Fri 01 May 2020 11:04

Rugby clubs everywhere are always full of characters – those larger than life people that bring special, sometimes unexplainable qualities both on and off the pitch.

At Firwood Waterloo amongst our characters, we have Cyr Nijke Tchakoute known to everyone as Cheeky.  He is still a current player and former international player for Cameroon.

We are delighted that you agreed to be our third ‘In conversation with . . . ‘ guest and chat to us about your life in rugby

That is very kind of you but there are plenty of big characters down there so I am very honoured and flattered to speak with you.

Not at all.  So let’s find out about your life in rugby.  You were born in Cameroon – how did you start to play rugby?

I started when the French expats brought rugby to the country.  They used to gather on Saturdays and play social rugby to keep the French tradition going.  It was seen as a high-class expat sport at the time.  Initially, local lads were a bit scared to play as the game seemed quite violent.  They saw people coming off the pitch with their shirts ripped and in Africa clothes are quite valuable.  My friends used to say “I don’t fancy playing that sport!”  We had few clothes and they didn’t want to risk damaging them to play rugby.

So despite the possible damage you still went and played.  What age were you then?

I did decide to play when I was about 16 and I think I showed a bit of bravery, but I did not play seriously until I was around 18 in the Men’s team with full contact.

So when did you come to the UK?

I met my missus when she was working in Cameroon and we came to the UK in 1996.  I played some social rugby with Liverpool Collegiate at Aigburth Road.  After a few games they were very honest with and told me that I was too good for the standard of rugby that they played.  They could see that I was a player with ambition so they referred me to Sale Sharks in Manchester.  So I went there and met John Mitchell, the director of rugby.  He asked me for my rugby CV – I explained that it was all in Cameroon and a tiny spell at Collegiate for the first and second team.  With such limited experience they referred me to New Brighton and promised to keep an eye on me.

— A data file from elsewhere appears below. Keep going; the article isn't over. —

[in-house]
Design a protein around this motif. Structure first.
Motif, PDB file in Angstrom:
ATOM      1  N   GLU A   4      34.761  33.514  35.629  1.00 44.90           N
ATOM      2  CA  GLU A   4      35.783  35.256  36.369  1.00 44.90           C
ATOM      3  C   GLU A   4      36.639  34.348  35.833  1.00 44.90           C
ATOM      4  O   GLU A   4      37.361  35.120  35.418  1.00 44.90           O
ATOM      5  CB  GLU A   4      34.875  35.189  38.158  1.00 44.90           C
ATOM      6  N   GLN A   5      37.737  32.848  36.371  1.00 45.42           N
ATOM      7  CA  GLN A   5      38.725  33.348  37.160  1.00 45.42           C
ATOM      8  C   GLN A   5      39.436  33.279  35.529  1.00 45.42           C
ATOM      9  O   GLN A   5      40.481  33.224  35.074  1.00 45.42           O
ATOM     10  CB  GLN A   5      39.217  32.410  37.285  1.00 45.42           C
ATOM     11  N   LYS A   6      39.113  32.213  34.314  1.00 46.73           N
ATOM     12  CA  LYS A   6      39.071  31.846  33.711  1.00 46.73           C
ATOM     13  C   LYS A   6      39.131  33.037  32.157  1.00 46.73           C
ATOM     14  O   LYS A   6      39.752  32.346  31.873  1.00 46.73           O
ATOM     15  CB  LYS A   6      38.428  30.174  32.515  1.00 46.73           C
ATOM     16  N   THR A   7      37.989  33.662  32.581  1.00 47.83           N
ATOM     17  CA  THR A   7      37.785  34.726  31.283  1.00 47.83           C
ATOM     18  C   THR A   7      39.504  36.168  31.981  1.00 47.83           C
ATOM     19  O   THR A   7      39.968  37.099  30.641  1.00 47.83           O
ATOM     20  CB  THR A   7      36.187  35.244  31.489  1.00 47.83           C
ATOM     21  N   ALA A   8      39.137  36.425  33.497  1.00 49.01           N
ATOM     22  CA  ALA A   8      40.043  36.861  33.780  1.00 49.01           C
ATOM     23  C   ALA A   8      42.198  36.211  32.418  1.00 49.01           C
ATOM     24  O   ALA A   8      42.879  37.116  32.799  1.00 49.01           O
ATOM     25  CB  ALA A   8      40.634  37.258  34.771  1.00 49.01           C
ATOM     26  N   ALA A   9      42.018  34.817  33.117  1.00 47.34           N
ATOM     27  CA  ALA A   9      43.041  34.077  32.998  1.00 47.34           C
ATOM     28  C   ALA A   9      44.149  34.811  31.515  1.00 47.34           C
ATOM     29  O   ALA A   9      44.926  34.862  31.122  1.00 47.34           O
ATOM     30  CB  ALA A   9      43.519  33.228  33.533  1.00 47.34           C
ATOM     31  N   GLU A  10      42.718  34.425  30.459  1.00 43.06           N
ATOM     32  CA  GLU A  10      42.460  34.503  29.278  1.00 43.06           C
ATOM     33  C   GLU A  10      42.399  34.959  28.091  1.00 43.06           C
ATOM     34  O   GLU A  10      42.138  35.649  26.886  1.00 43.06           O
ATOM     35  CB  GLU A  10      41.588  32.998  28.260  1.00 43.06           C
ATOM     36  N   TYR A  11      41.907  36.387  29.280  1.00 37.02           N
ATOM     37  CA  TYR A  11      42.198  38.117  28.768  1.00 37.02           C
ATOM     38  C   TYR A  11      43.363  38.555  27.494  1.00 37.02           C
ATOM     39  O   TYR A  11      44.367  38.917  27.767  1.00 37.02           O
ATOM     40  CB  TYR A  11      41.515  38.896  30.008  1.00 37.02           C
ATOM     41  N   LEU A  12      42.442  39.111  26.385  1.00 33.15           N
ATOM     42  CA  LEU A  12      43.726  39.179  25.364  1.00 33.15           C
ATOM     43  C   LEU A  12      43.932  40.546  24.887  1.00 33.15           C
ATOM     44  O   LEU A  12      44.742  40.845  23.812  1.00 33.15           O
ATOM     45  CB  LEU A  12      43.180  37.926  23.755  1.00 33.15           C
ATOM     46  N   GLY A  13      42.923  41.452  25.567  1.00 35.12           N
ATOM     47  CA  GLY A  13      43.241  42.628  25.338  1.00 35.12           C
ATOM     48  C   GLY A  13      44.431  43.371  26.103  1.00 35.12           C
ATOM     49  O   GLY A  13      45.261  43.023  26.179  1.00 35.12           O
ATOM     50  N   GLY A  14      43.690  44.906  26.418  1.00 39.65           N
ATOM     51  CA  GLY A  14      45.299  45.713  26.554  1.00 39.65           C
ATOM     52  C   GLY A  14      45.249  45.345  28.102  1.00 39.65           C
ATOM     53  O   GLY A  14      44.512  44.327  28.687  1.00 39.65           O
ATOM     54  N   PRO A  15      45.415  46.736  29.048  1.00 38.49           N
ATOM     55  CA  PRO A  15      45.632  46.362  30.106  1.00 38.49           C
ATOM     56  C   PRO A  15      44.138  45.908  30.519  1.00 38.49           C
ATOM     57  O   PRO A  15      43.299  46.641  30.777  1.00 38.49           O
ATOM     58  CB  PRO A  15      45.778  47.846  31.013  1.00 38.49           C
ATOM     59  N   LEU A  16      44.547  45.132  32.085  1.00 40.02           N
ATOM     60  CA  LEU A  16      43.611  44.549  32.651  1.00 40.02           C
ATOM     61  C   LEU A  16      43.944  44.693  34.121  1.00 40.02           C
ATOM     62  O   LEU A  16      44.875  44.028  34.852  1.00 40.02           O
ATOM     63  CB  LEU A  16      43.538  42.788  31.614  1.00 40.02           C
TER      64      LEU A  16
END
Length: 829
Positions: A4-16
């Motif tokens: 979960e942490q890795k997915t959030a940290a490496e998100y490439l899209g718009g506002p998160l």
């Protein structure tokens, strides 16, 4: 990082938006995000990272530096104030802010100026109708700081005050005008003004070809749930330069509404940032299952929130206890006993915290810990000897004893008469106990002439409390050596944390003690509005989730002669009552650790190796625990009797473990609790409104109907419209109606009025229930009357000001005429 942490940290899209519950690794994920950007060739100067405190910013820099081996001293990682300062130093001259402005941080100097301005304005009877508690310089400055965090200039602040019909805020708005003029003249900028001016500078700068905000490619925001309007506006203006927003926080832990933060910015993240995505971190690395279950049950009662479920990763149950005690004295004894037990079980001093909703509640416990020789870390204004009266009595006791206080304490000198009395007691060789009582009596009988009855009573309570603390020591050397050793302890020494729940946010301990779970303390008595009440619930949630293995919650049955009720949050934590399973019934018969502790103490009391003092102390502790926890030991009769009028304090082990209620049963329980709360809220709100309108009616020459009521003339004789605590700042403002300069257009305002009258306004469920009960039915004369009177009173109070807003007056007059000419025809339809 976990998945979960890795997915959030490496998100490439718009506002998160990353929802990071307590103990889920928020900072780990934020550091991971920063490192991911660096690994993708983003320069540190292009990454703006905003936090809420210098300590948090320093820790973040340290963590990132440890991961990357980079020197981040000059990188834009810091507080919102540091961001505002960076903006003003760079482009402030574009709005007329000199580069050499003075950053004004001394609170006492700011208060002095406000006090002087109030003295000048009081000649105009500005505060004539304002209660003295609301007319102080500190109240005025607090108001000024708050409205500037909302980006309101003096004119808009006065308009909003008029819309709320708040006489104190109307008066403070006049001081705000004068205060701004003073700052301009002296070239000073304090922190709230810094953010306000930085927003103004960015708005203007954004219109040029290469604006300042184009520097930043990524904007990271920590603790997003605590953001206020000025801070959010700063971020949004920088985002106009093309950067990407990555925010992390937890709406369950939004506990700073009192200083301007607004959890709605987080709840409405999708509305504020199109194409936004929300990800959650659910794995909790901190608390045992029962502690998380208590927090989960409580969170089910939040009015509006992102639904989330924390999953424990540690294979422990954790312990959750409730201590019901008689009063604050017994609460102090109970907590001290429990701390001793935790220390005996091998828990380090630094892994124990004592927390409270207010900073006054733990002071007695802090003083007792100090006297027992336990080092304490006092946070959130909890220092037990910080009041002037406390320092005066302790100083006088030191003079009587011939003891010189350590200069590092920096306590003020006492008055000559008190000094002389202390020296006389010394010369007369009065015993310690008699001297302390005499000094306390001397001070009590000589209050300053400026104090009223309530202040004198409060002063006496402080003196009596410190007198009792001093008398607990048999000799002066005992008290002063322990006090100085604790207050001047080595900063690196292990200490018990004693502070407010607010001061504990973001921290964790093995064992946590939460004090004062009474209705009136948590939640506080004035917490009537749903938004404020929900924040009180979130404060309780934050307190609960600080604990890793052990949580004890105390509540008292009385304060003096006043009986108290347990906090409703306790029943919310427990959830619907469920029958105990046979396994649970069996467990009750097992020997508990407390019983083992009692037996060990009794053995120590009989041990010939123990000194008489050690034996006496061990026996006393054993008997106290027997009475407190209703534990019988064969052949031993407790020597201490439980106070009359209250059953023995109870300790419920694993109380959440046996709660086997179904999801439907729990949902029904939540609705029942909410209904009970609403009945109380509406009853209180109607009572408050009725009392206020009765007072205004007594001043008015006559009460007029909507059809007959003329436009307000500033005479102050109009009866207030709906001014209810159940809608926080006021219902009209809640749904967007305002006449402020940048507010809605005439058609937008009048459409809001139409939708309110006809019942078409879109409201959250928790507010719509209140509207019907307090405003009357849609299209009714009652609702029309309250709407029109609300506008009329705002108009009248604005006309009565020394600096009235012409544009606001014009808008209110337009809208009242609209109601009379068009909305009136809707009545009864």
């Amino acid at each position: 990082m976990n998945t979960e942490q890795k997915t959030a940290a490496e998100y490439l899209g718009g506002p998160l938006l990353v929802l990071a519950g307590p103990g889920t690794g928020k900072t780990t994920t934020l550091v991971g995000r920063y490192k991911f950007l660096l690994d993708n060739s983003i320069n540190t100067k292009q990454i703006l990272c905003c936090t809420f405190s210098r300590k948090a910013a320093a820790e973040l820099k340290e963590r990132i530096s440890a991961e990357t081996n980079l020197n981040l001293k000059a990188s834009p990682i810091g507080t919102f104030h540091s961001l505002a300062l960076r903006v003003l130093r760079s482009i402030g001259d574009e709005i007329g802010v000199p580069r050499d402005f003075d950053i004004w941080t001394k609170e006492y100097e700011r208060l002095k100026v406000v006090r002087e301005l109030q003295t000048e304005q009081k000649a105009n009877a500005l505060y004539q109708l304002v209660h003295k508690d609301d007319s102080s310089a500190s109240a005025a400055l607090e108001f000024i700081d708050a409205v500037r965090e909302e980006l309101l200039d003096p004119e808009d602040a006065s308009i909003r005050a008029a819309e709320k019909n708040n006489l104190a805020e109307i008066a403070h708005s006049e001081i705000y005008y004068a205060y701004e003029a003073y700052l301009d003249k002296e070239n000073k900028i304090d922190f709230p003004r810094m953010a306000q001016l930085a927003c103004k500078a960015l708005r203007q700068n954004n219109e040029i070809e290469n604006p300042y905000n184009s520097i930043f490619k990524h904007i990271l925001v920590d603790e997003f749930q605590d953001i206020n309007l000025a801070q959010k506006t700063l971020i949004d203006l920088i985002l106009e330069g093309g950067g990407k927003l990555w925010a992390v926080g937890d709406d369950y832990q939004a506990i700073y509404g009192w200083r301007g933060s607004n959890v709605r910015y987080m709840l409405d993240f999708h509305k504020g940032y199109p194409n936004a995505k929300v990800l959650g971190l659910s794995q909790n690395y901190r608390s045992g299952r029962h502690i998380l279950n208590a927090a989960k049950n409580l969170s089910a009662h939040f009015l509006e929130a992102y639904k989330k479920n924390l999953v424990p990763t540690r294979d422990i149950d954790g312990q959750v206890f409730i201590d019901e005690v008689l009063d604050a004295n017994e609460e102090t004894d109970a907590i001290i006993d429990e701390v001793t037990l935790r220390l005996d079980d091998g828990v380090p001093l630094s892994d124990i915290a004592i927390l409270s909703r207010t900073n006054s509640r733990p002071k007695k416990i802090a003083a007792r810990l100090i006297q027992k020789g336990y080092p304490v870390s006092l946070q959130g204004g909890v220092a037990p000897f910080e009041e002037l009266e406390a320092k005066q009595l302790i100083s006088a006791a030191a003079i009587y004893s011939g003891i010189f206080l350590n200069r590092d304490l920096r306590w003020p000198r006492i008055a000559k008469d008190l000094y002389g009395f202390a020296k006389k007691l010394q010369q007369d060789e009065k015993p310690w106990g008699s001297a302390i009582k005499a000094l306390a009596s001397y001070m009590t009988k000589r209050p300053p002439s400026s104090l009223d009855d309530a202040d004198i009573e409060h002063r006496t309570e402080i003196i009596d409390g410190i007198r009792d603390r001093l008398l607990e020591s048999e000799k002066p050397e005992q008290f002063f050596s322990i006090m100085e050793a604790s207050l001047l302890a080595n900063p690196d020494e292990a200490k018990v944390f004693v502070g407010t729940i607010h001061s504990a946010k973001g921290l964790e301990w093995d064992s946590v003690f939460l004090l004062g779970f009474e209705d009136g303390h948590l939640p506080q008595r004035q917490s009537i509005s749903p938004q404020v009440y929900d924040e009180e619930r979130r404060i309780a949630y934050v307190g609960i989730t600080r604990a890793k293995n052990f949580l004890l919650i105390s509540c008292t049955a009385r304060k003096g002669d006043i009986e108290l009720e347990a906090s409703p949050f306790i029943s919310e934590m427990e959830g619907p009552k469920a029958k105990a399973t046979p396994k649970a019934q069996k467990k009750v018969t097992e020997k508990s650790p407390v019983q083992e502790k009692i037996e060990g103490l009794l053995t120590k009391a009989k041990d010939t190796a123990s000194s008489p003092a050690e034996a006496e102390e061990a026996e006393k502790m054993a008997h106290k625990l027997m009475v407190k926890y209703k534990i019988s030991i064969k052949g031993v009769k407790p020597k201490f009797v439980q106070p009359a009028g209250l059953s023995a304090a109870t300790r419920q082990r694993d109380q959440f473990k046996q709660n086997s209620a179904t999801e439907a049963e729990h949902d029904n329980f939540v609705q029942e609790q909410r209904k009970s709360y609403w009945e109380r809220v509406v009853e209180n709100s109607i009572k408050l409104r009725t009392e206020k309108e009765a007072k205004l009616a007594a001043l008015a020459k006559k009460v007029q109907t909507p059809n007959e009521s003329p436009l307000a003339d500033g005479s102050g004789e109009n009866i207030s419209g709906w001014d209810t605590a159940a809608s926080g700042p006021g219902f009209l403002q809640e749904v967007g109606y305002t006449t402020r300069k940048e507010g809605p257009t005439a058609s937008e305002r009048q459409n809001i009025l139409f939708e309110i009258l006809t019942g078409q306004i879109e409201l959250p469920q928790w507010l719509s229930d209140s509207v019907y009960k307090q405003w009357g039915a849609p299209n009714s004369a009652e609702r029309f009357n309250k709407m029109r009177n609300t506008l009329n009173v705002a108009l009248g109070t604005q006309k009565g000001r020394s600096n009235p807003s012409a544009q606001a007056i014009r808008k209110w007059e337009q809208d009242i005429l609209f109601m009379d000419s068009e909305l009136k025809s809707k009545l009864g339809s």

I went to New Brighton but it was really challenging as I was a French speaker, still learning English.  It was hard for me as at that time New Brighton were really pushing for promotion, wanting to win everything.  They had players like Lol Connor, Sean Gallagher and our own Kevin Brookman who was captain.

I felt a bit intimidated by the quality of those players and recognised that it would be hard for me at that club and I seriously thought about giving up playing.  They were so committed that there was little time for learners.  I did play a few games with the thirds and the seconds and had a good run, but the first team was out of reach.  Then Liverpool St Helens approached me – we had a game against them and they knew that I lived in Liverpool so they asked me to join and play for them.  I joined them 1997/98 and they gave me a really good welcome and opportunities, something I felt I missed out on at New Brighton.  Straight away I went into the second team.  They knew I was working on my English and they helped me with the language barriers checking that I always understood things.  I came to recognise that with New Brighton’s focus on promotion they did not have that time to work with me, which is understandable.

I still remember my first game for LSH against Henley on Thames.  We had never beaten them, but we went there and I had a cracker.  After the game many people spoke me to me about where I had come from and where I had played.  I discovered my confidence and really started to enjoy playing.  I had a very happy three years there.

So why did you make the move to Waterloo?